WALTHAM, Mass. — Sometimes, even the best reporters get it wrong.
That’s the message NBA prospect Julius Randle wanted to get across when he spoke with reporters after his pre-draft workout with the Boston Celtics.
Randle saw his draft stock come into question Thursday when Yahoo! Sports and ESPN.com both cited sources saying that the 19-year-old Kentucky product might need foot surgery, which would force him to miss the entirety of the league’s rookie summer league. Randle did break his right foot when he was in high school — an injury that required a pin to be inserted — but he said Friday that he has zero pain and no plans have it surgically repaired.
“My foot’s fine,” he said. “Everyone has their opinion on what they should do, but I’m pain-free. No pain before, during or after (my workout). I’m fine.
“(Surgery has) never been considered. I’ve met with my own doctor and talked with specialists, some of the best doctors in the world, and they said they wouldn’t do anything with it.”
These were Randle’s first public comments on the surgery rumors but not the first time he’s made his feelings on the subject known. The 6-foot-9, 250-pound forward directed a tweet Thursday afternoon toward Yahoo! Sports NBA writer Adrian Wojnarowski, who penned the initial report, saying Wojnarowski should have “check(ed) with the actual source” before breaking the story.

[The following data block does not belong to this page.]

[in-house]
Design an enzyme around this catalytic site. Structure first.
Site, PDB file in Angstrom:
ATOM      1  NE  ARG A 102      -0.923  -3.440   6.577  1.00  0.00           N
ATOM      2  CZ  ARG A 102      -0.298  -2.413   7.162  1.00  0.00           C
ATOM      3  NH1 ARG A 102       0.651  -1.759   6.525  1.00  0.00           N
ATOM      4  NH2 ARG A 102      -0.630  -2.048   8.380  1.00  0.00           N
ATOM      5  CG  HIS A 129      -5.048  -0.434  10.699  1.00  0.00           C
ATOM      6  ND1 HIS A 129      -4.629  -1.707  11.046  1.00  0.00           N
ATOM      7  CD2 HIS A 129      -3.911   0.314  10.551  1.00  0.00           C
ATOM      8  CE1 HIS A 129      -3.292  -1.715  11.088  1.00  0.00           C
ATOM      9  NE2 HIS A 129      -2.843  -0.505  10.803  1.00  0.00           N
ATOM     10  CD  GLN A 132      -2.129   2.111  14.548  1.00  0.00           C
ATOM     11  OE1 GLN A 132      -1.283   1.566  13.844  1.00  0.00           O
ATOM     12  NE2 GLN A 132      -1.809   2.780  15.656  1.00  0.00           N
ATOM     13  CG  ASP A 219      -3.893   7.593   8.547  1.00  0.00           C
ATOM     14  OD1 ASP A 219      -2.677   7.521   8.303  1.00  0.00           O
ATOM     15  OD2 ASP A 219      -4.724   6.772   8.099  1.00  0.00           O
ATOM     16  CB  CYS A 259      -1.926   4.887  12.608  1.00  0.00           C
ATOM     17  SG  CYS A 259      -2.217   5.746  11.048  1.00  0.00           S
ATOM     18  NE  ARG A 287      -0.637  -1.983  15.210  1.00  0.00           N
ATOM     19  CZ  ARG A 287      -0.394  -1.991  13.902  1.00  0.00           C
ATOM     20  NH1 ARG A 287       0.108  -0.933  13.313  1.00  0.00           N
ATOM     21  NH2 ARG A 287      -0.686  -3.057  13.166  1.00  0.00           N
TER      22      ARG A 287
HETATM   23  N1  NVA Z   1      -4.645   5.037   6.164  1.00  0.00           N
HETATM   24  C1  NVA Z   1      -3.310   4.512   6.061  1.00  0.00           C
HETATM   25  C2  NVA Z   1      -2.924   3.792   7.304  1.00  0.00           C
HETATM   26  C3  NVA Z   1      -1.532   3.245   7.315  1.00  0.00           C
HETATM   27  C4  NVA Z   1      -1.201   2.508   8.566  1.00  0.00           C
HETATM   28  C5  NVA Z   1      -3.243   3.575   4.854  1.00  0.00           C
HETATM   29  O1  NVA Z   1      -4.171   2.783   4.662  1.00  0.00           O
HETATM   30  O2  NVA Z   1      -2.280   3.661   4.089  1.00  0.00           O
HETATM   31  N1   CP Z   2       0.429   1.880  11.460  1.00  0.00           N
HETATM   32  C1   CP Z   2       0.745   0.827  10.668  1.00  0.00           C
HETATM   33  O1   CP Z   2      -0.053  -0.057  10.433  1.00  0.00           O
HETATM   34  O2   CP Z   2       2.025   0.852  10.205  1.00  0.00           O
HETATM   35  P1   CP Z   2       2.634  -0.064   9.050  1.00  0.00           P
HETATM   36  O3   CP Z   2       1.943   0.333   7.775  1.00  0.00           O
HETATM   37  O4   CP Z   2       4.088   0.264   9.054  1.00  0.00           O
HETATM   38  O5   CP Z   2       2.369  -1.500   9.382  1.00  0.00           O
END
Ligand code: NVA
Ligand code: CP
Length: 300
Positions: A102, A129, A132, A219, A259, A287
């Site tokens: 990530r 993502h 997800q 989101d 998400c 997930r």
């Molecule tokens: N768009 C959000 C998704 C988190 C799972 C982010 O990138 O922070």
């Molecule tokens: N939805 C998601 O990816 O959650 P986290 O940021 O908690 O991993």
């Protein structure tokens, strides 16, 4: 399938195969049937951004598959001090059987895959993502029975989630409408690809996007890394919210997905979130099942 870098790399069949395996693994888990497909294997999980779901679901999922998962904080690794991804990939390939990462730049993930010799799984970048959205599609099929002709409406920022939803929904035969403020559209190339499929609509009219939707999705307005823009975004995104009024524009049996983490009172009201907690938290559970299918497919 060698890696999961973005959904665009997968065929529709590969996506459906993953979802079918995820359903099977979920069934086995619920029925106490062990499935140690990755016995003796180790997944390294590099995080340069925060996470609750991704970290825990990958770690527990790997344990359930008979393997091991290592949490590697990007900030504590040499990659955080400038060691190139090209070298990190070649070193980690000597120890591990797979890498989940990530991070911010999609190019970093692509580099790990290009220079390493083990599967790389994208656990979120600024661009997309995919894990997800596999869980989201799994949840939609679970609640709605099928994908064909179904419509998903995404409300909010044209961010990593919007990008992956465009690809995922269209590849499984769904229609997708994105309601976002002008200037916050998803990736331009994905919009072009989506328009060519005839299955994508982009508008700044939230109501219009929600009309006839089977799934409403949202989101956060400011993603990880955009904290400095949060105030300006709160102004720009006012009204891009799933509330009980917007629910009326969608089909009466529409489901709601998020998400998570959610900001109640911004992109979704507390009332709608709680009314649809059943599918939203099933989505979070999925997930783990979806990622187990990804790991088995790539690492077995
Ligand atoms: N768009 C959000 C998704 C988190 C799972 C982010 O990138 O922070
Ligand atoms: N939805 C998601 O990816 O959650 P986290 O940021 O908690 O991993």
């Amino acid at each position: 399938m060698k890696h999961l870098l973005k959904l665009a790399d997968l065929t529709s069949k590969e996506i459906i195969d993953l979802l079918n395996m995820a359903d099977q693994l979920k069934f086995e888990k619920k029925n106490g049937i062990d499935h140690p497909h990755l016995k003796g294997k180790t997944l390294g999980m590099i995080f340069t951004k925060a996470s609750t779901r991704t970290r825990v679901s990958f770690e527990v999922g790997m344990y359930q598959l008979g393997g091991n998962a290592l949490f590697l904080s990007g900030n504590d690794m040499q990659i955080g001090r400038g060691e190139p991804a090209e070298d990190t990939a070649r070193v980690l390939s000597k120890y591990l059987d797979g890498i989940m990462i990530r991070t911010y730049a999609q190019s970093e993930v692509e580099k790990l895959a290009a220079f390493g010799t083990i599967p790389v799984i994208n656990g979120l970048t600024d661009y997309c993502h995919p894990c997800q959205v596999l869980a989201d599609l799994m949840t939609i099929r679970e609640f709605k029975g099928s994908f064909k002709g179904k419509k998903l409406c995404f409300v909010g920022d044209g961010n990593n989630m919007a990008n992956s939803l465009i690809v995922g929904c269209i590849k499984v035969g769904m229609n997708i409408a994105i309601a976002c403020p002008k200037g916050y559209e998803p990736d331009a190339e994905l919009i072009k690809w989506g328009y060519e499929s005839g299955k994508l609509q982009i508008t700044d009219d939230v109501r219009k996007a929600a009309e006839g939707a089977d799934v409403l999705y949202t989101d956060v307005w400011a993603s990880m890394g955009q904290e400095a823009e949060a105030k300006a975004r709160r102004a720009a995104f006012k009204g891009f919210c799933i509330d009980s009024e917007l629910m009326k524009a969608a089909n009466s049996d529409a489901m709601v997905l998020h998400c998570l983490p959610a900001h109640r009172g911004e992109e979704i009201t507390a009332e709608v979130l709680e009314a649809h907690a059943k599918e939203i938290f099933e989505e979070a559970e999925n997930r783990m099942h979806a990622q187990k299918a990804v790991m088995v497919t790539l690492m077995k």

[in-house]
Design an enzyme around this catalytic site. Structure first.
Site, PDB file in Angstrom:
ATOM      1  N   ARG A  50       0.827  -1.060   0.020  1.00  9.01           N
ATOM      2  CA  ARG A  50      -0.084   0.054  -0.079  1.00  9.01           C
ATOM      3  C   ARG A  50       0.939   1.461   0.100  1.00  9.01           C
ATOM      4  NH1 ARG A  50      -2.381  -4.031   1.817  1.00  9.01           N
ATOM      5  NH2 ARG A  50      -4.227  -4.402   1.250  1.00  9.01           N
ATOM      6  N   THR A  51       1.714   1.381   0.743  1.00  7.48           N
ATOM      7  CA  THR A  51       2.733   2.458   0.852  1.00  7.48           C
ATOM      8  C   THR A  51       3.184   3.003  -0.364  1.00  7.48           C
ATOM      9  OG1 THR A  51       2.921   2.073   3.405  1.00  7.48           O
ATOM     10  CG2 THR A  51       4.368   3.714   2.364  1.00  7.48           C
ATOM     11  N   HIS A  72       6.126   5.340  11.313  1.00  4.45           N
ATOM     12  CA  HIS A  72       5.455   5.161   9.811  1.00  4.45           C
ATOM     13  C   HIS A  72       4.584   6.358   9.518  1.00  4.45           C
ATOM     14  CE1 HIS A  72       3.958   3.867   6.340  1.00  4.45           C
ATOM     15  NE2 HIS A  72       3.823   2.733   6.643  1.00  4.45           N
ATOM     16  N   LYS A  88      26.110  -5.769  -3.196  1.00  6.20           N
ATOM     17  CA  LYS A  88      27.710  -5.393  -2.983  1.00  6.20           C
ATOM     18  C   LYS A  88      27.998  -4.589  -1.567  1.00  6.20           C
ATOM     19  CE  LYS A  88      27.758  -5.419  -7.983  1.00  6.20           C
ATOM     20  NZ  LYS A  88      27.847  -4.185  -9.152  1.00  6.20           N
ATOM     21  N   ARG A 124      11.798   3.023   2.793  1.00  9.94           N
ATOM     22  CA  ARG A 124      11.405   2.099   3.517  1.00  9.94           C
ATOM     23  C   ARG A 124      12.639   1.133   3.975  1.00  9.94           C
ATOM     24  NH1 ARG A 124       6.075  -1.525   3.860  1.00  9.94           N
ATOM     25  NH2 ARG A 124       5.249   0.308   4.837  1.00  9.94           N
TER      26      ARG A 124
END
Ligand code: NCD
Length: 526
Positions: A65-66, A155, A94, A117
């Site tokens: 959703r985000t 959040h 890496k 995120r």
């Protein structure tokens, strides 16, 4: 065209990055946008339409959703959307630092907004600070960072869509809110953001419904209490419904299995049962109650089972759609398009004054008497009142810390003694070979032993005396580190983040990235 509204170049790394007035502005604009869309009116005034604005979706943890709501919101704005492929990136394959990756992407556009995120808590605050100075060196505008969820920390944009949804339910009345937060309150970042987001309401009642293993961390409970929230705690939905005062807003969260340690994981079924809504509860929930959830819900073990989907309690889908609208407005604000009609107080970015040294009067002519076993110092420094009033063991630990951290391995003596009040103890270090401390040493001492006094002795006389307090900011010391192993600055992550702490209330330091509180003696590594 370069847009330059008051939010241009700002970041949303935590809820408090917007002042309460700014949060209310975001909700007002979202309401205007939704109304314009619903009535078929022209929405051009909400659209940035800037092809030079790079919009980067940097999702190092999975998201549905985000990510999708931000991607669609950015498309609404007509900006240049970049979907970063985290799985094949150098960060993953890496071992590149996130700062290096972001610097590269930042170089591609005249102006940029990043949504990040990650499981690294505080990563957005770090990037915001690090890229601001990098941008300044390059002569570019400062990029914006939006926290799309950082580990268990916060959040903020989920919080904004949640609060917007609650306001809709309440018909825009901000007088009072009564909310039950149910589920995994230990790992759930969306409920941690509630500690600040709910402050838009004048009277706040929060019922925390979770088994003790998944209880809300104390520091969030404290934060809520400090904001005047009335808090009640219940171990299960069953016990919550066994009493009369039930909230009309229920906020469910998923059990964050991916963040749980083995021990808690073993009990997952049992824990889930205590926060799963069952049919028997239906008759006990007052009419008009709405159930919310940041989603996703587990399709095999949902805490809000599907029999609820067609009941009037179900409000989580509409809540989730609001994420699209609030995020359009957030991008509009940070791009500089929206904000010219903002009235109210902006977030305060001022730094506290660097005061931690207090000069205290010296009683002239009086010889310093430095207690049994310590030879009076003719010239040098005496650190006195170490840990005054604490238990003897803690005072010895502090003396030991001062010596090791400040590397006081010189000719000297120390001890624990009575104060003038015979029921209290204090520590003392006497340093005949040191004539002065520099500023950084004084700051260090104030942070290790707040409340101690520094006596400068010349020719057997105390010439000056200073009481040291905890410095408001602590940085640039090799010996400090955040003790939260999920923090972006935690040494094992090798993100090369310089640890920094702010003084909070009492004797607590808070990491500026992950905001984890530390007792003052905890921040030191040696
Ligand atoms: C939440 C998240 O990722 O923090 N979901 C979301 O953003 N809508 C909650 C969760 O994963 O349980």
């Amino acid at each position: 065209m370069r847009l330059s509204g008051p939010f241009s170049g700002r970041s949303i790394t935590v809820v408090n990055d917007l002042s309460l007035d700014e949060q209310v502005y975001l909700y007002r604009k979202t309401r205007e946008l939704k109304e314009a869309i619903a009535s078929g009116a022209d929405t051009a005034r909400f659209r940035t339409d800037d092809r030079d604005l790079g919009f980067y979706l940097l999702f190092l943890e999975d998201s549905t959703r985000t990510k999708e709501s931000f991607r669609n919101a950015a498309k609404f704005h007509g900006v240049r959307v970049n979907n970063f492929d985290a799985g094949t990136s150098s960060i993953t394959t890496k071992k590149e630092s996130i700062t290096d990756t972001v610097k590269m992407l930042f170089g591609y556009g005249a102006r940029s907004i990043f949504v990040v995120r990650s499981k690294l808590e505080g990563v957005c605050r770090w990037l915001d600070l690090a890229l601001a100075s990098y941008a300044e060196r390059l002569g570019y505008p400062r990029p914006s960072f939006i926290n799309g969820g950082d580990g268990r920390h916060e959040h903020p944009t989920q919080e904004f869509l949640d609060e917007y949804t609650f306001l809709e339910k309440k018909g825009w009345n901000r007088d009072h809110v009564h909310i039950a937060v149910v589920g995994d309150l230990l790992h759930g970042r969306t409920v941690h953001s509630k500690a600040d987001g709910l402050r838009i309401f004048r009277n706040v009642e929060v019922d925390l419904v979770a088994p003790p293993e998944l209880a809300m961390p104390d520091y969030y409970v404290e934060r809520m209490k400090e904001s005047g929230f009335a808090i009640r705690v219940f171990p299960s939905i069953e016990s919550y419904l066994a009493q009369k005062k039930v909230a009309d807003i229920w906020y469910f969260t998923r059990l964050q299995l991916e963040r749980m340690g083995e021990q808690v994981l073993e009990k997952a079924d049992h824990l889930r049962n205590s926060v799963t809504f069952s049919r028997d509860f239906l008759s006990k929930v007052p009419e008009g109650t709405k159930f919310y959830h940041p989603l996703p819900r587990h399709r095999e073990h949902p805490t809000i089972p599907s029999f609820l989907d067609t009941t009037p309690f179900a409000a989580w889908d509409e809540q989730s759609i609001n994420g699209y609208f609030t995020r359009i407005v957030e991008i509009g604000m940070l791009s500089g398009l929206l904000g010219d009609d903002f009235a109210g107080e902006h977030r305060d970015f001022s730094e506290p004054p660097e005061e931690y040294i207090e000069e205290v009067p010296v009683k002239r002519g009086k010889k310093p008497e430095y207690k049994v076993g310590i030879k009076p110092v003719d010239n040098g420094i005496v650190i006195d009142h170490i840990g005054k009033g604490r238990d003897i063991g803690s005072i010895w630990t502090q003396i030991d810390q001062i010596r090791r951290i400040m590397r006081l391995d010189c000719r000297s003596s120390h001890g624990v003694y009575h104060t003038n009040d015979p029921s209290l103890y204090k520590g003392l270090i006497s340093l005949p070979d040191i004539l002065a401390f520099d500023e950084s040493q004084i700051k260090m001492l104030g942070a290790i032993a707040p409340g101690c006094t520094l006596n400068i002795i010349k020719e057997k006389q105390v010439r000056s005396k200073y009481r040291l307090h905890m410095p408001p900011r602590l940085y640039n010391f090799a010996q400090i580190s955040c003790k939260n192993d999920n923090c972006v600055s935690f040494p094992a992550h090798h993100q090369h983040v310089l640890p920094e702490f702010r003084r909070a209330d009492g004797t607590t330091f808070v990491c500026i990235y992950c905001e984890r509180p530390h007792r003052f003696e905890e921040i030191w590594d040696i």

On Friday, Randle explained why he felt the need to speak out on Twitter.
“Because I felt the need to defend myself,” he said. “I don’t usually have to do stuff like that, but when I feel like people are, you know, saying stuff, and I know that it’s not true, or I know that the story is kind of mixed up a little bit. I’m not calling (Wojnarowski) a liar, or anything like that. He’s great at what he does. But I felt like there was a little unnecessary confusion, so I felt that there was the need for me to speak on my behalf. No disrespect towards him, but it was just kind of for me to have my own say in it.”
Randle chose to work out by himself at the Celtics’ practice facility rather than doing so with other fellow draft hopefuls, a decision he said was made to limit the risk of injury.
“There’s no ‘me being afraid of competing,'” he said. “I think guys know that competing is what I do. But there’s less risk of injury (in a solo workout), and a lot of teams want me to work out by myself anyway.”
Photo via Twitter/@RantSports
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